However, while a wiki of this info could be a great resource, there is nothing very exciting about a spreadsheet. It might tell us who is out there but it doesn't indicate interest in our project. Also, we were concerned about where to stop when it comes to collecting information. Do we only gather info about professional artists and organisations? Or do we also include info about amateur ones? In two communities that are so culturally rich and diverse where would we stop? We agreed that it was important to gather as many names as possible but we wanted to come up with a way of doing this that was productive of new ideas, practices and information. We also want to establish relationships with those that we might work with on WP3. Time, process and relations are important considerations when thinking about community participation. So we came up with the following idea:
The week ending 22nd March 2015 is World Water Day. It's a Sunday. We thought that this might provide a good focus for some collective activity that would help us with cultural mapping and bring us into contact with lots of groups and individuals. On this day we would invite community members to gather together to participate in a discussion about our project and to present our ideas. We might take this opportunity to make an invitation to people to participate in whatever comes next. Leading up to this date (in the meeting we said over the course of the weekend, but upon reflection I wonder whether a week of activities might be better given that we would like to work with a range of groups and schools who might meet on different days and at different times?) we would draw upon a range of artistic methods in order to gather information related to water in Borth and Talybont. I'll sketch out a plan for this below.
Sara, Shelagh, Andy, Alex and I have different skills and expertise that would enable each of us to work with different community groups and individuals in the two case study areas and to collect lots of different types of data. Including oral history interviews, photographs, sound recordings, short films, poetry, stories, sculptural art works, music etc.
Each of us might take two or three groups in each area and work with them to produce materials that we would then upload to our online 'water map'. We looked at google maps and thought that it would be possible for users to upload photographs, videos, sounds and pieces of text... documentation of our activities over the course of the week. Over seven days our digital water map would begin to be populated by memories, anecdotes, scientific data and all sorts of other information that would, we hope, provide a really interesting cultural map of our area whilst also engaging as many groups and individuals as possible in the process.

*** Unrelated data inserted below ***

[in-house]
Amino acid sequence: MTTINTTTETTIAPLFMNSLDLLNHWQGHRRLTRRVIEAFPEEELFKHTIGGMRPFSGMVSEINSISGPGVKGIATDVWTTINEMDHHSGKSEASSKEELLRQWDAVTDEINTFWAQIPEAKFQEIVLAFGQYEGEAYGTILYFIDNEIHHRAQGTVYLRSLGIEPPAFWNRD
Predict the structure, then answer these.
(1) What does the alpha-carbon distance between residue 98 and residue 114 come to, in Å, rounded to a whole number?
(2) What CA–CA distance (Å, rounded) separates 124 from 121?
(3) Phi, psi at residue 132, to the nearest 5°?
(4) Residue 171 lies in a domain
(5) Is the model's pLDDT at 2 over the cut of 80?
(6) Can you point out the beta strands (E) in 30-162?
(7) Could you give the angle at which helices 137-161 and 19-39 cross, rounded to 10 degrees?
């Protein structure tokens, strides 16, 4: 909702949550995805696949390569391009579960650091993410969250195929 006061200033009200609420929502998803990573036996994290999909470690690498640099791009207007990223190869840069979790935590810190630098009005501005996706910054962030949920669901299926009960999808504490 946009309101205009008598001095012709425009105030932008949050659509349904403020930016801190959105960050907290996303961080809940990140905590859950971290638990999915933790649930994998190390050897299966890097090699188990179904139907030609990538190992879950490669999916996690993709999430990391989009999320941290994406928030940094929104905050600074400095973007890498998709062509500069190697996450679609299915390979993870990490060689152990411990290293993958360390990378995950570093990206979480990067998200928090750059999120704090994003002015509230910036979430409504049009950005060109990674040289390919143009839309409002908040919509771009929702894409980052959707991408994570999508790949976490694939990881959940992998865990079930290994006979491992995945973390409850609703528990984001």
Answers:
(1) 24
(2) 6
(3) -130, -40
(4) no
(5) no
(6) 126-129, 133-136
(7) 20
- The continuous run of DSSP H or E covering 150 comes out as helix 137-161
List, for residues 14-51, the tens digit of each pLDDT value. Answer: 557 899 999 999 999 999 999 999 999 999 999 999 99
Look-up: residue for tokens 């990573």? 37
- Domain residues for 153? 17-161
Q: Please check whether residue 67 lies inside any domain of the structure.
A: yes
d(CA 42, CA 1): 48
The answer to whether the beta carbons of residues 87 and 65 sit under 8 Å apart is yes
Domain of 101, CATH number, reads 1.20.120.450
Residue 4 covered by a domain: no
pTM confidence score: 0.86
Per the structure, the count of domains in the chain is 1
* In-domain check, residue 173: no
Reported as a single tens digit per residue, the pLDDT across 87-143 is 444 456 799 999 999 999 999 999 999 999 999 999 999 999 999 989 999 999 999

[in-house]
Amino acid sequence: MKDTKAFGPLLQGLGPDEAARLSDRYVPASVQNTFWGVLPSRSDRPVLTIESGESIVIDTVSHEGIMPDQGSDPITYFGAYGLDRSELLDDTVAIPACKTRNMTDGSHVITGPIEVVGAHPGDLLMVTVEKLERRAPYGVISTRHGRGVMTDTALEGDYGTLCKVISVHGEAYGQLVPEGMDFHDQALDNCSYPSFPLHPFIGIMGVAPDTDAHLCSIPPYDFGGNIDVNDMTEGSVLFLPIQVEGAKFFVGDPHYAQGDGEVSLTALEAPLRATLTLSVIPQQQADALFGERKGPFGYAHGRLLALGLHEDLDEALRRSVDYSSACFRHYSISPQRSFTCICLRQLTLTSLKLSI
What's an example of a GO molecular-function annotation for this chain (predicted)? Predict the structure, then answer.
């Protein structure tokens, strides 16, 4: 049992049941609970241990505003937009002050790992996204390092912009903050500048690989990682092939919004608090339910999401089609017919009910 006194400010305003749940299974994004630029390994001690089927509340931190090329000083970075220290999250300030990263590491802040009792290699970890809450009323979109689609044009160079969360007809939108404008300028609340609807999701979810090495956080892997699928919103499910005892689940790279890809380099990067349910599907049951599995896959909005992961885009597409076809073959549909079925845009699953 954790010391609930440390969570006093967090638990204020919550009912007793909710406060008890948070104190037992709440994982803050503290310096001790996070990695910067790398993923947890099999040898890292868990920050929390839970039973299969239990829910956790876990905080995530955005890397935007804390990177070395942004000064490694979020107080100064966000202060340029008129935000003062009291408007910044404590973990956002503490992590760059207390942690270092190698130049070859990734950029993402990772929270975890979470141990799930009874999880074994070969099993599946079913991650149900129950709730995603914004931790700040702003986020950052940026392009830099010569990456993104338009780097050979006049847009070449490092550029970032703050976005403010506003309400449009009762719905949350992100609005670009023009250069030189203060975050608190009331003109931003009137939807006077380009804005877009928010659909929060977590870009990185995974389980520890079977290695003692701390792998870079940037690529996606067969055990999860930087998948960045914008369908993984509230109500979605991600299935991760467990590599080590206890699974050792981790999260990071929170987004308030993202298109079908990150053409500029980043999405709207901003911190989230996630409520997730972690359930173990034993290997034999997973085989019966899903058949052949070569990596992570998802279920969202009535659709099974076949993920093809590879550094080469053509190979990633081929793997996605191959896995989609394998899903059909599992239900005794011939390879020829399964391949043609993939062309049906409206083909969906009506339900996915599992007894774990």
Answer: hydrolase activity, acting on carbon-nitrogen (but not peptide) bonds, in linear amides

We also thought that it would be good to engage some local artists (I'm using artist to refer to anyone working in creative areas) who might work alongside us, helping to gather data through a range of creative practices. We thought maybe 2-4 in each of the two case study areas. They might do 1-2 days of work each that would help us to engage with more community members and generate more content for our map. We anticipate that this week of collaborating would stimulate ideas, bring issues to our attention, help publicise our project and get people 'onboard' ready for more making in the next phase of our project.
During this week of activity we would take over one venue in each of the two case study areas. In these venues we would project the water map on a big screen. In each space it would be possible to see it grow in real time. Community members could then come to the venue at different times in order to take part in workshops and be shown how to upload their materials to the map. It would also be possible to upload data from anywhere with an internet connection so it would be possible for people to add remotely, or for us to run digital hubs and workshops in other places and upload data from lots of different computers. We felt that this process would enable us to make good use of digital technology whilst also making sure that our working process was accessible to those that might be more comfortable meeting us in real world environments. Plus, we thought that this process might provide opportunity for digital skills development.
A short intense period of activity would help us to make good use of everyone's time and make a good impact ready to 'launch' our project into the community.
Shelagh then had a great idea about Work Package 3 - the bit where we really start getting into thinking about the practical part of the project. You will be able to read more about this by visiting this forum discussion in the Cymerau group.
To read more by Tom visit his page on Hydrocitizens.